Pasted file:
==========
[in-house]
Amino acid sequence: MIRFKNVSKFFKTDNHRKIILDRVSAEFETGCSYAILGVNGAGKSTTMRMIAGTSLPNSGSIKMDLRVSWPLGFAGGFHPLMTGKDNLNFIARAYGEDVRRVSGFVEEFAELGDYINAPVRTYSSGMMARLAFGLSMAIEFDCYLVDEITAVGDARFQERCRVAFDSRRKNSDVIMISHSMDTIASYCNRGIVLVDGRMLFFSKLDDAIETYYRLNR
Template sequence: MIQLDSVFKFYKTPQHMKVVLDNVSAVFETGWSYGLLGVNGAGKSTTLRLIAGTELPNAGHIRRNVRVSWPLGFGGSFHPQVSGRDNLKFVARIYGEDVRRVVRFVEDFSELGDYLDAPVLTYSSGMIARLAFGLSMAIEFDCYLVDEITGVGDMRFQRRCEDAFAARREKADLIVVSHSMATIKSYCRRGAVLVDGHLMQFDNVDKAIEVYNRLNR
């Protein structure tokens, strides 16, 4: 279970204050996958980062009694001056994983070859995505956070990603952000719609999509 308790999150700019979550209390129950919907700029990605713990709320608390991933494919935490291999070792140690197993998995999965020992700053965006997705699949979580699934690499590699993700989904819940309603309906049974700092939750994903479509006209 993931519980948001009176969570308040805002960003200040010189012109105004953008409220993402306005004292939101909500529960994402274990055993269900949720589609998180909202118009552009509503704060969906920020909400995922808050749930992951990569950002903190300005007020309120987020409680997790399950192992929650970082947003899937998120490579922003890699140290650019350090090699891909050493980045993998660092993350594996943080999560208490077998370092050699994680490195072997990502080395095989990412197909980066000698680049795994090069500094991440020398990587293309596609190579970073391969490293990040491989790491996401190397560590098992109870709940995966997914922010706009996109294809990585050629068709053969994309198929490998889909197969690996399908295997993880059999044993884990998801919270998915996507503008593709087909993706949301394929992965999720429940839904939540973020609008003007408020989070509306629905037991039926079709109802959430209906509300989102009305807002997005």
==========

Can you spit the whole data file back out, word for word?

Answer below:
[in-house]
Amino acid sequence: MIRFKNVSKFFKTDNHRKIILDRVSAEFETGCSYAILGVNGAGKSTTMRMIAGTSLPNSGSIKMDLRVSWPLGFAGGFHPLMTGKDNLNFIARAYGEDVRRVSGFVEEFAELGDYINAPVRTYSSGMMARLAFGLSMAIEFDCYLVDEITAVGDARFQERCRVAFDSRRKNSDVIMISHSMDTIASYCNRGIVLVDGRMLFFSKLDDAIETYYRLNR
Template sequence: MIQLDSVFKFYKTPQHMKVVLDNVSAVFETGWSYGLLGVNGAGKSTTLRLIAGTELPNAGHIRRNVRVSWPLGFGGSFHPQVSGRDNLKFVARIYGEDVRRVVRFVEDFSELGDYLDAPVLTYSSGMIARLAFGLSMAIEFDCYLVDEITGVGDMRFQRRCEDAFAARREKADLIVVSHSMATIKSYCRRGAVLVDGHLMQFDNVDKAIEVYNRLNR
């Protein structure tokens, strides 16, 4: 279970204050996958980062009694001056994983070859995505956070990603952000719609999509 308790999150700019979550209390129950919907700029990605713990709320608390991933494919935490291999070792140690197993998995999965020992700053965006997705699949979580699934690499590699993700989904819940309603309906049974700092939750994903479509006209 993931519980948001009176969570308040805002960003200040010189012109105004953008409220993402306005004292939101909500529960994402274990055993269900949720589609998180909202118009552009509503704060969906920020909400995922808050749930992951990569950002903190300005007020309120987020409680997790399950192992929650970082947003899937998120490579922003890699140290650019350090090699891909050493980045993998660092993350594996943080999560208490077998370092050699994680490195072997990502080395095989990412197909980066000698680049795994090069500094991440020398990587293309596609190579970073391969490293990040491989790491996401190397560590098992109870709940995966997914922010706009996109294809990585050629068709053969994309198929490998889909197969690996399908295997993880059999044993884990998801919270998915996507503008593709087909993706949301394929992965999720429940839904939540973020609008003007408020989070509306629905037991039926079709109802959430209906509300989102009305807002997005």